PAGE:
4. Resonance

There may be many molecules and ions for which it is not possible to draw a single Lewis structure. For example we can write two electronic structures of O3.


In (A) the oxygen - oxygen bond on the left is a double bond and the oxygen-oxygen bond on the right is a single bond. In B the situation is just opposite. Experiment shows however, that the two bonds are identical. Therefore neither structure A nor B can be correct.

One of the bonding pairs in ozone is spread over the region of all the three atom rather than associated with particular oxygen-oxygen bond. This delocalised bonding is a type of bonding in which bonding pair of electrons is spread over a number of atoms rather than localised between two.

1038_bonding pair in ozone.JPG

Structures (A) and (B) are called resonating or canonical structures and C is the resonance hybrid. This phenomenon is called resonance, a situation in which more than one plausible structure can be written for a species.

Atoms gain or lose electrons to attain a more stable noble gas - like electron configuration (octet rule). There are two ways in which atoms can share electrons to satisfy the octet rule:

Ionic Bonding - occurs when two or more ions combine to form an electrically-neutral compound

The positive cation "loses" an electron (or 2 or 3)
The negative anion "gains" the electron (or 2 or 3)
The anion steals the electrons from the cation. 

Covalent Bonding - occurs when two or more atoms combine to form an electrically-neutral compound

The electrons are shared between the two atoms. Both atoms don't have charge in the beginning and the compound remains with zero charge.

The chemical activity of an atom is determined by the number of electrons in its valence shell. With the help of concept of chemical bonding one can define the structure of a compound and is used in many industries for manufacturing products in which the true structure cannot be written at all.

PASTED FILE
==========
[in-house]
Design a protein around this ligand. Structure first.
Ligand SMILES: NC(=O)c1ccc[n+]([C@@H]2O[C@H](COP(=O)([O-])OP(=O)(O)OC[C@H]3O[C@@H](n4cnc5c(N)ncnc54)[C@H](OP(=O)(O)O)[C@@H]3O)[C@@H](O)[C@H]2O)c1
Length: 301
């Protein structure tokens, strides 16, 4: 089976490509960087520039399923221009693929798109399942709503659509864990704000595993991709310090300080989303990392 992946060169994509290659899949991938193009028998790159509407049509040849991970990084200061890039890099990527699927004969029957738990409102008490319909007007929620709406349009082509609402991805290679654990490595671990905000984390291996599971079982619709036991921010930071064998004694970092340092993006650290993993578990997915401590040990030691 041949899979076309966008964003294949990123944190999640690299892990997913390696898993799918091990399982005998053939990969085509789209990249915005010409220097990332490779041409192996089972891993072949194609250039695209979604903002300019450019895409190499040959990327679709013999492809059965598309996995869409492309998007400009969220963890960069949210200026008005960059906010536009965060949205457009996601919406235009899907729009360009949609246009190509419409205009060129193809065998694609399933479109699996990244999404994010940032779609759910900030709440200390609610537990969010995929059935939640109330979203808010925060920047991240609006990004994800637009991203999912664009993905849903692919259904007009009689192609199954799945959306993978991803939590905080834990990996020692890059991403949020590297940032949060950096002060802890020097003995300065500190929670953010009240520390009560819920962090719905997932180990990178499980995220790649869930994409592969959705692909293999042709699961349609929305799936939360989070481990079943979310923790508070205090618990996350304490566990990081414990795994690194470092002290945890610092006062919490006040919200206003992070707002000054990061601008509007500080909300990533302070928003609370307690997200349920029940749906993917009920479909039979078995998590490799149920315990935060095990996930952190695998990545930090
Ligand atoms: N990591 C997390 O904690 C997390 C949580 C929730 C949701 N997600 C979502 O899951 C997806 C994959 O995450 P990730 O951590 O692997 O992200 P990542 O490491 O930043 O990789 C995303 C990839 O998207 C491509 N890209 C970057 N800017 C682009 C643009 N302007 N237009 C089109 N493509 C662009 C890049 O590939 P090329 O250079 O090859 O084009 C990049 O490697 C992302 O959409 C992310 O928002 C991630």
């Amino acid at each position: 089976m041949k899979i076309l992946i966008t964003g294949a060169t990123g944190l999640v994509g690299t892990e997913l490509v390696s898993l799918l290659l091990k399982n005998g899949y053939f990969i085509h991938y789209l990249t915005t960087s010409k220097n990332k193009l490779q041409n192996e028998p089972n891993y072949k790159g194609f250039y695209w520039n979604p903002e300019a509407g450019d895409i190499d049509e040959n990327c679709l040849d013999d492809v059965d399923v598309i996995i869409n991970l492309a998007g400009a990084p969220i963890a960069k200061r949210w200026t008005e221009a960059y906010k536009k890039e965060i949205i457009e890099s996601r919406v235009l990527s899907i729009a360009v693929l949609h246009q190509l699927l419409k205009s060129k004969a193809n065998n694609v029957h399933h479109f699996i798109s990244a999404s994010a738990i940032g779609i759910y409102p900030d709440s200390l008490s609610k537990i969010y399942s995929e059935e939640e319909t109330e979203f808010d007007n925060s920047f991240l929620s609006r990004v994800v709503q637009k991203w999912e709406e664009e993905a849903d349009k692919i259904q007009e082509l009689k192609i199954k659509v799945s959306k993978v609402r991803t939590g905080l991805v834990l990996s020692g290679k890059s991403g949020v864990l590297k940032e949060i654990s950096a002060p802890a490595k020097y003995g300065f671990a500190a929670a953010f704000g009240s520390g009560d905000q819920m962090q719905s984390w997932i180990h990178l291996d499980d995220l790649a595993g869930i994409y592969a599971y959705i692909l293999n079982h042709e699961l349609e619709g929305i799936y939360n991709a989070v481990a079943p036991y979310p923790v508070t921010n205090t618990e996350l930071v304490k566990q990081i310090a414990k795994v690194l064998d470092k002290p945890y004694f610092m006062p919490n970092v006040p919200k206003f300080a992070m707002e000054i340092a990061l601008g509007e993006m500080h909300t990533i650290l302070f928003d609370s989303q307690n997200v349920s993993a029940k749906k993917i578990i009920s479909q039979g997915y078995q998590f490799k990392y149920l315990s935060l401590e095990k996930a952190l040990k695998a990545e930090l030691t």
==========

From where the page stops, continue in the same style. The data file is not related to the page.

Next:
Some other examples

(i) CO32– ion


(ii) Carbon-oxygen bond lengths in carboxylate ion are equal due to resonance.

  1237_Carboxylate ion.JPG

(iii) Benzene


(iv) Vinyl Chloride

          2470_Vinyl chloride.JPG

Difference in the energies of the canonical forms and resonance hybrid is called resonance stabilization energy and provides stability to species.

Rules for Writing Resonating Structures

Only electrons (not atoms) may be shifted and they may be shifted only to adjacent atoms or bond positions.
The number of unpaired electrons should be same in all the canonical form.

The positive charge should reside as far as possible on less electronegative atom and negative charge on more electronegative atom.

Like charge should not reside on adjacent atom

The larger the number of the resonating structures greater the stability of species. Greater number of covalency adds to the stability of the molecule.

Example: Out of the following resonating structures for CO2 molecule, which are important for describing the bonding in the molecule and why?

2377_Resonating structures.JPG         

Solution: Out of the structures listed above, the structure (III) is wrong since the number of electron pairs on oxygen atoms are not permissible. Similarly, the structures (II) has very little contribution towards the hybrid because one of the oxygen atoms (electronegative) is show to have positive charge. Carbon dioxide is best represented by structures (I) and (IV).

To read more, Buy study materials of Chemical Bonding comprising study notes, revision notes, video lectures, previous year solved questions etc. Also browse for more study materials on Chemistry here